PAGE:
Plan to Capture Squirrels Backfires

Image by Kyle Parks.Image by Kyle Parks.

Squirrels are a common sight at McDaniel College: clandestinely rustling in the ivy patches outside of Hill Hall, sipping from the fountain in plain view of Physical Plant workers, fearlessly throwing themselves from tree branch to tree branch (and sometimes not making it all the way, which ends in a startling, desperate chirping).

Noting how much of an abundant resource McDaniel’s squirrels are, several students competing in McDaniel’s yearly Innovation Challenge devised a plan: lower the college’s utility bill by collecting squirrels and having them work to generate electricity.

“You’d just have your typical gerbil—er, squirrel, I guess—wheels and you’d be good to go,” says Harry Willoughby, senior and head of the project.

Willoughby and his team spent one long hour creating the blueprints for their setup, estimating the cost of the equipment, and rifling through their rooms for extra cash in hopes of convincing the Psychology Department to let them “squeeze [the squirrels] in with the pigeons in the basement of Merritt.”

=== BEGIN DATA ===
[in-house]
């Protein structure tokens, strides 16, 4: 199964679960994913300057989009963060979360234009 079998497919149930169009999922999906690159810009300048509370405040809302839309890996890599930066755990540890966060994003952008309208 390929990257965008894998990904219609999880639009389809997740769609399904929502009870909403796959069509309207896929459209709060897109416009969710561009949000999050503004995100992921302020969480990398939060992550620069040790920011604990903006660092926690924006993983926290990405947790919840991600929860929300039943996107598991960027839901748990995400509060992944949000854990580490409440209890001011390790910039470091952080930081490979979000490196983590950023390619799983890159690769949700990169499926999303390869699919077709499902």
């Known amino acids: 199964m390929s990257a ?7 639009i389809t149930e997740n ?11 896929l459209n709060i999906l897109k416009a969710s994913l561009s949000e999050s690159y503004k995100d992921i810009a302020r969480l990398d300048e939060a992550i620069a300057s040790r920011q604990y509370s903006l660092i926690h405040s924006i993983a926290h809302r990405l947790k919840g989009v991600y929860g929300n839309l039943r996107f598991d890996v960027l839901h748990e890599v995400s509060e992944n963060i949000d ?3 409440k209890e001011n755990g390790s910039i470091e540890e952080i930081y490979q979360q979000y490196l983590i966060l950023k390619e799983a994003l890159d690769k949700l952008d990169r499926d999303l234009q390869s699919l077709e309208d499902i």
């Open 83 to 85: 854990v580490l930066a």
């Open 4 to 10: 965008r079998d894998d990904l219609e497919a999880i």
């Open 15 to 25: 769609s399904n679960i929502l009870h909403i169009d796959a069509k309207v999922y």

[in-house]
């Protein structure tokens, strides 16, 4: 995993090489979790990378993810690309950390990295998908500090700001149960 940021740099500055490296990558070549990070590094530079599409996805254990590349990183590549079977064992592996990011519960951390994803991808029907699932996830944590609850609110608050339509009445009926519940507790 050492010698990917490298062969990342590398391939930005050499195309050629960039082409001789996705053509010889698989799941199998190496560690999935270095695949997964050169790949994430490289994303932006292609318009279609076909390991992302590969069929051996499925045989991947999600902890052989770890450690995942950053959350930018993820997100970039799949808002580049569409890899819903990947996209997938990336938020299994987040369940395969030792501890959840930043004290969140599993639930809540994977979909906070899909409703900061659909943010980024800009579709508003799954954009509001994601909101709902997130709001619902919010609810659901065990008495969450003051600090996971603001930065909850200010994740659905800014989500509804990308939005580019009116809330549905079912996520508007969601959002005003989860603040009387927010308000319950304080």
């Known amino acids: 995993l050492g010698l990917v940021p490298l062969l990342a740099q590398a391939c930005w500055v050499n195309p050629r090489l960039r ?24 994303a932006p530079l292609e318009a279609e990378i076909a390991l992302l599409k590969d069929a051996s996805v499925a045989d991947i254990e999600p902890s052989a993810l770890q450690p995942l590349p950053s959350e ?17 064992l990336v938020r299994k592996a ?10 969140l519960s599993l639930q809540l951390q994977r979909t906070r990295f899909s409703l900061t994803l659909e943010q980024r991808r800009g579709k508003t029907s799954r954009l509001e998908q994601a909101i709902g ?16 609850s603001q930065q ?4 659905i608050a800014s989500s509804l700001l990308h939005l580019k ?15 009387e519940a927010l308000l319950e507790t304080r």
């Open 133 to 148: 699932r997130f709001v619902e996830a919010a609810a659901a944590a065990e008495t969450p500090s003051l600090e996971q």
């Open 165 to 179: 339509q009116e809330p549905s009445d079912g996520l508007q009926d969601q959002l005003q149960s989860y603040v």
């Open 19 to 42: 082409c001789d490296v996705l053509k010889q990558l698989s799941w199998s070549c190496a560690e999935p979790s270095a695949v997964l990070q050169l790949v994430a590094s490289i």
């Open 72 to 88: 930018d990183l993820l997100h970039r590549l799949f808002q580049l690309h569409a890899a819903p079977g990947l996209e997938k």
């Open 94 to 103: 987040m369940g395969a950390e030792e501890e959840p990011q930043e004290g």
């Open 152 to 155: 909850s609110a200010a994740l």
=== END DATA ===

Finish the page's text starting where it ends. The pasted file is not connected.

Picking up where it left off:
All they needed was to catch the squirrels.

Gertrude Davis, junior, says the team was well-prepared and excited the morning they set out to capture the animals for their project. “We even practiced our squirrel calls,” she says.

But they never got their plan off the ground. After 10 minutes of running around campus, the team was exhausted and squirrel-less. Davis had gotten too close to one of the animals and was scratched on the arm; she was taken to urgent care. Willoughby, dedicated to the mission, fell from a branch after scrambling to chase a squirrel up a maple tree. What ultimately ended the quest was a Campus Safety Officer citing five separate noise complaints about the squirrel calls.

Davis and Willoughby are expected to fully recover. As of now, McDaniel will have to find other means to cut down on utility costs.